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Another warning of Sacramento delta crisis

Reducing water exports or building a peripheral canal are among possible ways to avert environmental disaster, a report says.

February 08, 2007|Bettina Boxall | Times Staff Writer

California has to change the way it manages the hub of its vast water system or face economic and environmental disaster in the Sacramento-San Joaquin Delta, warns a report released Wednesday by the Public Policy Institute of California.

The book-length document, written by a group of UC Davis experts and institute research fellow Ellen Hanak, adds to a growing consensus that the status quo in the delta, which provides two out of three Californians with fresh water, is unsustainable.

"The delta is facing a crisis that will affect all Californians," said Hanak, whose organization is a private nonprofit that conducts independent research on major policy issues in the state.

While stopping short of recommending one solution, the authors say several controversial options should be investigated, including reducing water exports and piping water supplies around the delta in a smaller version of the peripheral canal that was rejected by voters in the 1980s.

Part of the largest estuary on the West Coast, the delta east of San Francisco is the center of water shipments from the state's wet north to its arid Central Valley and urban Southern California, playing a vital role in California's economy. It also has hundreds of thousands of acres of cropland and a network of utility lines and roads.

But it faces a mounting list of problems despite a decade-long government attempt to improve its environment and water deliveries.

The delta's lengthy levee system could collapse in a major earthquake. Rising sea levels caused by global warming coupled with the continued subsidence of its farming islands increase the risk of flooding that would contaminate fresh water supplies with ocean flows.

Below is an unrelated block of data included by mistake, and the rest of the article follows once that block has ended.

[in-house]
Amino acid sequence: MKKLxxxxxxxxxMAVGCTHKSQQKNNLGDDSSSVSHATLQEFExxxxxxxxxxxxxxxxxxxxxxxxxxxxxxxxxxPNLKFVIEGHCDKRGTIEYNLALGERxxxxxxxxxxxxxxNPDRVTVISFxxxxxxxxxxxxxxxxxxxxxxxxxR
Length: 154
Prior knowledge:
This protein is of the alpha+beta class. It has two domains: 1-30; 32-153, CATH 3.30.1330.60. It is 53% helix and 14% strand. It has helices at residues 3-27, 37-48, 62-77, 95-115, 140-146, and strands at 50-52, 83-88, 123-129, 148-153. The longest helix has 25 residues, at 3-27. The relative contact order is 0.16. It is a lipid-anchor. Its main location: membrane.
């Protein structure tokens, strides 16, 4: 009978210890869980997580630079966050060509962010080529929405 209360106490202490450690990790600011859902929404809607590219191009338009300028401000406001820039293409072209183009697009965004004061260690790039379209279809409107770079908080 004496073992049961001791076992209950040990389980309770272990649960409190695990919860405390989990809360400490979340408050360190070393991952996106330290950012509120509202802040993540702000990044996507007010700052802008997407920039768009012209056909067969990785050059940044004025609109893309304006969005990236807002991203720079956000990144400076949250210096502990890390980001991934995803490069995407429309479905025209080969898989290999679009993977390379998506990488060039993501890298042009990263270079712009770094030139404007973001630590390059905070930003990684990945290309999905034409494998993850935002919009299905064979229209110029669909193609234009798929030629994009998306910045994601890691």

Housing developments are rising on its edge. Fish populations, including that of the native delta smelt, have collapsed in recent years. Invasive species are altering the delta's basic food systems.

Moreover, CalFed, the state-federal program created to fix the ailing delta, has foundered amid a shortage of funding and criticism that it tried to please everybody.

The public policy report is not so politic. "There's something in that package to make everyone nervous," Barry Nelson, a senior policy analyst with the Natural Resources Defense Council, said after a briefing on the document.

Saying that the situation is not hopeless, the report lays out a handful of alternatives for doing things differently in the delta while rejecting other options.

Generally, the authors say, efforts to keep delta waters consistently fresh to protect water deliveries to the south as well as irrigation supplies in the delta have hurt native species and aided alien species. It would be better, they say, to allow more natural variability in salinity levels, which historically advanced and retreated with seasonal changes in river and bay flows.

One way of achieving that, they say, would be to build an aqueduct, or peripheral canal, to take water from the Sacramento River north of the delta and carry it around the delta to the big federal and state pumps in the south delta that send water to the San Joaquin Valley and Southern California.

A variation of that approach would be to pipe water from the Sacramento to the lower reaches of the San Joaquin River, which flows into the southern delta. An in-delta channel for freshwater could also be created by building up some central delta islands and installing tide gates.

"I tend to think a peripheral canal gives you an opportunity to re-plumb the system and make it more fish-friendly," said one of the report's authors, UC Davis engineering professor Jay R. Lund.

The authors said they are talking about a smaller version of the canal project that was defeated by voters two decades ago amid concerns that it would send more water south and hurt the environment.

Still, concerns remain that large diversions from the Sacramento River above the delta could harm migrating salmon and lower delta water quality.

Other options outlined in the report could also prove controversial.

Under one alternative, seasonal water exports from the delta would be allowed only during times of high river flows in the winter and spring. In another scheme, uses of the delta, including water exports, would only be permitted to the extent that they did not interfere with delta restoration.

At the same time, the report said it would be unacceptable to completely abandon the delta for farming or as a water source. Conversely, they rejected the idea of fortifying the delta levee system at all cost to maintain current uses.

The 285-page document, "Envisioning Futures for the Sacramento-San Joaquin Delta," was released the same day Gov. Arnold Schwarzenegger named his appointments to a blue ribbon task force that will spend the next two years developing management recommendations for the delta.

"I think that [the report] is going to be a major contribution to the discussion of the delta," said Kamyar Guivetchi, Department of Water Resources planning manager.

bettina.boxall@latimes.com

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